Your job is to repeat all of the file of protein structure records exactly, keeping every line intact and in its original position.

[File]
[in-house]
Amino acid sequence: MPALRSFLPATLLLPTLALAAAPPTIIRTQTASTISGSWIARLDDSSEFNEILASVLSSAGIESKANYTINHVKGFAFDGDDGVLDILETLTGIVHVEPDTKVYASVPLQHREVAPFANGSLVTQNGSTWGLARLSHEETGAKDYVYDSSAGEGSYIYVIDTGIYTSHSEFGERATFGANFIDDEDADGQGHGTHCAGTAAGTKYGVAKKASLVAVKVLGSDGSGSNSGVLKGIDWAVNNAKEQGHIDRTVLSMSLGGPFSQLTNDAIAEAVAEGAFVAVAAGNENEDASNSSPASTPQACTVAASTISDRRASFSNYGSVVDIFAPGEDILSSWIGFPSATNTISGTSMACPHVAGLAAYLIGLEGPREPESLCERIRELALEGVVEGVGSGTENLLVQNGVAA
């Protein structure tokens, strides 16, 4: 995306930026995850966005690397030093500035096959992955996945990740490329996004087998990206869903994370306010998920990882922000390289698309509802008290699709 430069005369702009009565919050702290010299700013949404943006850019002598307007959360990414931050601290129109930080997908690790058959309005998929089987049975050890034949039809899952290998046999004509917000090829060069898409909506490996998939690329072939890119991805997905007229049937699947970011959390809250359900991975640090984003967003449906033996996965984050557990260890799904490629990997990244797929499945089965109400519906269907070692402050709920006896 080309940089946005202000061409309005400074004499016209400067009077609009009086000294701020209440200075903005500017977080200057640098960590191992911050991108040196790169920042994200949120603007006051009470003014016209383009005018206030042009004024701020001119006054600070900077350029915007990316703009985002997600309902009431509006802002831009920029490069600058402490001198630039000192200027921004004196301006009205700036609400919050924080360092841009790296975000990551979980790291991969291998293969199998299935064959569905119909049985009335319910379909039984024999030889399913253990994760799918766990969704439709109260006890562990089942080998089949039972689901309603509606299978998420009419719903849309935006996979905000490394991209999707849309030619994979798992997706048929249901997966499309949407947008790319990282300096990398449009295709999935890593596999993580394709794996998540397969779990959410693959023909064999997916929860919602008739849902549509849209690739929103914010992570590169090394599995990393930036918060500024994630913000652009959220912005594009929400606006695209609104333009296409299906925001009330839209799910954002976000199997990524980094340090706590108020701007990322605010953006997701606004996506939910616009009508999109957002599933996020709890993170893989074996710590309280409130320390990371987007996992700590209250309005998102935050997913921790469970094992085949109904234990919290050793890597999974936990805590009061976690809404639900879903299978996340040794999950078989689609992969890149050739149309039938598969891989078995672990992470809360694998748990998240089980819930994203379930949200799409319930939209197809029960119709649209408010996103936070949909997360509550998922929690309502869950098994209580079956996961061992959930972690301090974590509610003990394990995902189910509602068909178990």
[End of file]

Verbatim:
[in-house]
Amino acid sequence: MPALRSFLPATLLLPTLALAAAPPTIIRTQTASTISGSWIARLDDSSEFNEILASVLSSAGIESKANYTINHVKGFAFDGDDGVLDILETLTGIVHVEPDTKVYASVPLQHREVAPFANGSLVTQNGSTWGLARLSHEETGAKDYVYDSSAGEGSYIYVIDTGIYTSHSEFGERATFGANFIDDEDADGQGHGTHCAGTAAGTKYGVAKKASLVAVKVLGSDGSGSNSGVLKGIDWAVNNAKEQGHIDRTVLSMSLGGPFSQLTNDAIAEAVAEGAFVAVAAGNENEDASNSSPASTPQACTVAASTISDRRASFSNYGSVVDIFAPGEDILSSWIGFPSATNTISGTSMACPHVAGLAAYLIGLEGPREPESLCERIRELALEGVVEGVGSGTENLLVQNGVAA
């Protein structure tokens, strides 16, 4: 995306930026995850966005690397030093500035096959992955996945990740490329996004087998990206869903994370306010998920990882922000390289698309509802008290699709 430069005369702009009565919050702290010299700013949404943006850019002598307007959360990414931050601290129109930080997908690790058959309005998929089987049975050890034949039809899952290998046999004509917000090829060069898409909506490996998939690329072939890119991805997905007229049937699947970011959390809250359900991975640090984003967003449906033996996965984050557990260890799904490629990997990244797929499945089965109400519906269907070692402050709920006896 080309940089946005202000061409309005400074004499016209400067009077609009009086000294701020209440200075903005500017977080200057640098960590191992911050991108040196790169920042994200949120603007006051009470003014016209383009005018206030042009004024701020001119006054600070900077350029915007990316703009985002997600309902009431509006802002831009920029490069600058402490001198630039000192200027921004004196301006009205700036609400919050924080360092841009790296975000990551979980790291991969291998293969199998299935064959569905119909049985009335319910379909039984024999030889399913253990994760799918766990969704439709109260006890562990089942080998089949039972689901309603509606299978998420009419719903849309935006996979905000490394991209999707849309030619994979798992997706048929249901997966499309949407947008790319990282300096990398449009295709999935890593596999993580394709794996998540397969779990959410693959023909064999997916929860919602008739849902549509849209690739929103914010992570590169090394599995990393930036918060500024994630913000652009959220912005594009929400606006695209609104333009296409299906925001009330839209799910954002976000199997990524980094340090706590108020701007990322605010953006997701606004996506939910616009009508999109957002599933996020709890993170893989074996710590309280409130320390990371987007996992700590209250309005998102935050997913921790469970094992085949109904234990919290050793890597999974936990805590009061976690809404639900879903299978996340040794999950078989689609992969890149050739149309039938598969891989078995672990992470809360694998748990998240089980819930994203379930949200799409319930939209197809029960119709649209408010996103936070949909997360509550998922929690309502869950098994209580079956996961061992959930972690301090974590509610003990394990995902189910509602068909178990």